Getting your Rails app set up to work with Kuby is pretty straightforward. Here's a quick overview of the necessary steps:
- Install Docker
- Choose a hosting provider
- Choose a Docker registry
- Add the Kuby gems to your bundle
- Configure Kuby
NOTE: Kuby is designed to work with Rails 5.1 and up.
The easiest way to install Docker for MacOS and Windows is via Docker Desktop. You will need Docker to build and push the Docker image for your application (described below).
Choosing a Provider
The first step in deploying your app is to choose a hosting provider. At the time of this writing, Kuby supports DigitalOcean, Linode, Azure, and Amazon's EKS. Use your provider's dashboard to spin up a Kubernetes cluster. In most cases, this shouldn't involve more than a few button clicks, although for more customizable providers like EKS and Azure you might want to look for specific guides online.
Choosing a Docker Registry
Kuby uses Docker to package up your application into a Docker image. Images are then pushed (i.e. uploaded) to something called a "registry." Registries host Docker images so they can be pulled (i.e. downloaded) by the servers that will eventually run them.
There are a number of Docker registries available, some free and some paid. Docker's own offering is called Docker Hub, the de-facto registry for open-source projects and commercial solutions alike. Images hosted on Docker Hub are referred to using an abbreviated URL without a hostname, i.e.
<username>/<repo>. If you see an image referred to like this, it means it's hosted on Docker Hub.
Gitlab's Docker registry is a great alternative to Docker Hub. It's free and unlimited. Oh, and a quick note: you don't have to host your code on Gitlab to take advantage of the registry, but they're great for that too.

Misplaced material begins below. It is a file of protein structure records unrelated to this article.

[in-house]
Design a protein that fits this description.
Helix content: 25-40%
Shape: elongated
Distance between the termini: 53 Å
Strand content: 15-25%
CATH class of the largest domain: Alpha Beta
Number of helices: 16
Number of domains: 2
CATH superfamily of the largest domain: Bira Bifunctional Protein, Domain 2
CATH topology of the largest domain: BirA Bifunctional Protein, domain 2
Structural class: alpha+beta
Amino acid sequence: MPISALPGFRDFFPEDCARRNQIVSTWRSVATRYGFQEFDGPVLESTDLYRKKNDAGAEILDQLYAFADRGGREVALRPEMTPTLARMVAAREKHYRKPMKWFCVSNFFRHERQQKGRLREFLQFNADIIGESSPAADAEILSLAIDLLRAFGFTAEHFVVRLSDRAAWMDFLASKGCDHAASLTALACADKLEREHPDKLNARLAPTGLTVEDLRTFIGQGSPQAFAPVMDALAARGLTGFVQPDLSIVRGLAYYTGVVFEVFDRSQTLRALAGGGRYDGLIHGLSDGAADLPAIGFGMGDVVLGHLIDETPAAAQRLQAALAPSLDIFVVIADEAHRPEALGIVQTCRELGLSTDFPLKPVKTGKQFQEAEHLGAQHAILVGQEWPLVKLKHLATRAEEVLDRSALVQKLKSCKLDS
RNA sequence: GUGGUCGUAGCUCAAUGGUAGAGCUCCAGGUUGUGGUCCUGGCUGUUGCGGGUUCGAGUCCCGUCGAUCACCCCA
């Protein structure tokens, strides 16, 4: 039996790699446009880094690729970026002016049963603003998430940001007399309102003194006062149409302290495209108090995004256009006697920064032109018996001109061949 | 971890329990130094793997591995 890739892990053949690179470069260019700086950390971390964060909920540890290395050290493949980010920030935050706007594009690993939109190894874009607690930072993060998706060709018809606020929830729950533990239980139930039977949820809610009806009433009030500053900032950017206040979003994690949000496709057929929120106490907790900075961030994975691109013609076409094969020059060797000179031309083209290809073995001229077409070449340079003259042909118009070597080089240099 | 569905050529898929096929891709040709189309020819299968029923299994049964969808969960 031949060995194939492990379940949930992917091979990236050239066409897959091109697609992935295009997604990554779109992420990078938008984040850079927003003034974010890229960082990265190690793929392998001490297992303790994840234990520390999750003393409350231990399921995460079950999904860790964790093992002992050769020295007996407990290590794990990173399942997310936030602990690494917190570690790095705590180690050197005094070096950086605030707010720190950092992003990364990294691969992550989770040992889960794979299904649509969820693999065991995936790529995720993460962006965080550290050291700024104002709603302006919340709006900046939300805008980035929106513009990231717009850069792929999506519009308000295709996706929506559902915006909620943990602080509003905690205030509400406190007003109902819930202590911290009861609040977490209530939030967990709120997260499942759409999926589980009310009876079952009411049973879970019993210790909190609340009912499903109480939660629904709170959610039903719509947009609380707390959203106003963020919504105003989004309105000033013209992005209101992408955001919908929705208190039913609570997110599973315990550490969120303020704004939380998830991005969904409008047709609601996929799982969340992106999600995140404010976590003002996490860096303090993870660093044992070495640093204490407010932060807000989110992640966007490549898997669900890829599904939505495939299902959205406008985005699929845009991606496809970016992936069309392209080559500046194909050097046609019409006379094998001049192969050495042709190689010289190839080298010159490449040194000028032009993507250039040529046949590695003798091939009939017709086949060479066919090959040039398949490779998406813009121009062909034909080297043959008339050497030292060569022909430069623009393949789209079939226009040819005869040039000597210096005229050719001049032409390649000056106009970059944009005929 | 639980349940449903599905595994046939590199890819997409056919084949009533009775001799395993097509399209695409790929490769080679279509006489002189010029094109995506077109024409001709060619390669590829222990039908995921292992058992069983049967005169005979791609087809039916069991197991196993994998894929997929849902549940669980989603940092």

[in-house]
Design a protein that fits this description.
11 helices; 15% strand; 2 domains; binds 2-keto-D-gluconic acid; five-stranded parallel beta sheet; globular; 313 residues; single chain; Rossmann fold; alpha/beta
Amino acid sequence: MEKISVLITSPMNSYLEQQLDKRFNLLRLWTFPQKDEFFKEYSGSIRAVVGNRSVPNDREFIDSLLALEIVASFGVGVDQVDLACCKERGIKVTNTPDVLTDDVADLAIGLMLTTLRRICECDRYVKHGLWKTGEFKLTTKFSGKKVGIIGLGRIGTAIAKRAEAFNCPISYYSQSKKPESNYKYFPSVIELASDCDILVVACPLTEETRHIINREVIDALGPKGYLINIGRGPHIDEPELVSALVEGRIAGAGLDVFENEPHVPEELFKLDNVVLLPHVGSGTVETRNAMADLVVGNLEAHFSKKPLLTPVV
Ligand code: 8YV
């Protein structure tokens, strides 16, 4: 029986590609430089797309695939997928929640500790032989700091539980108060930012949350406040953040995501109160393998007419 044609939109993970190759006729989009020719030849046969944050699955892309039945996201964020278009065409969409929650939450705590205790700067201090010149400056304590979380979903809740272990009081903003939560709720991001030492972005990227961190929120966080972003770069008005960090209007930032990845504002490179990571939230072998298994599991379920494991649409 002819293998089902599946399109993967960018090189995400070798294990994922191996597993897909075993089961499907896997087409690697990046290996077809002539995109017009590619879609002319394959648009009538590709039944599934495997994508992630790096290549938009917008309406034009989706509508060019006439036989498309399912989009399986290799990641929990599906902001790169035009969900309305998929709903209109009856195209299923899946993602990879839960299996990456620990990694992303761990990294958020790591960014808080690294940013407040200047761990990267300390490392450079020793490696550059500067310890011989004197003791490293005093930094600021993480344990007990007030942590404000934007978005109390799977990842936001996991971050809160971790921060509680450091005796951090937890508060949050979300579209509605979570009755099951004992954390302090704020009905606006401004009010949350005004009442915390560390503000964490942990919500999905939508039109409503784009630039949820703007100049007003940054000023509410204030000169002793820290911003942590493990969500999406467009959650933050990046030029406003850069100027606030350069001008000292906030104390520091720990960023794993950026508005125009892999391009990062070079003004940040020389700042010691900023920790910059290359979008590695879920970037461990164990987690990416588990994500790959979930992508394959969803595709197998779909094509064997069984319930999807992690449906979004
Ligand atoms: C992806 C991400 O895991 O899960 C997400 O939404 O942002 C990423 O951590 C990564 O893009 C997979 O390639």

Images hosted on 3rd-party registries (i.e. not on Docker Hub) are referred to by their full URL. If you choose to use Gitlab's Docker registry, the URL to your Docker image will look like this:
NOTE: Gitlab's Docker registry requires you to authenticate using a personal or deploy access token instead of your Gitlab password. See their documentation for more information.
Github runs a docker registry, available at docker.pkg.github.com. As with Gitlab, you'll need to refer to the registry using the full URL; Github also requires that the image is tagged with the format
:username/:repo/:image_name, so your URL will look something like
You'll also need to get Docker to log in to the registry using a token with the correct access permissions; you can find out more in the Github package documenation.
Adding Kuby to your Bundle
Add the kuby-core gem and the corresponding gem for your chosen provider to your Rails application's Gemfile, for example:
bundle install to install the gems.
All Kuby configuration is written in Ruby and lives in a file called kuby.rb in your application's root directory.
Using the Rails Generator
Rather than follow all the steps below, feel free to make use of Kuby's Rails generator, which will create all the files you need and put them in the right places. Just run
and follow the prompts.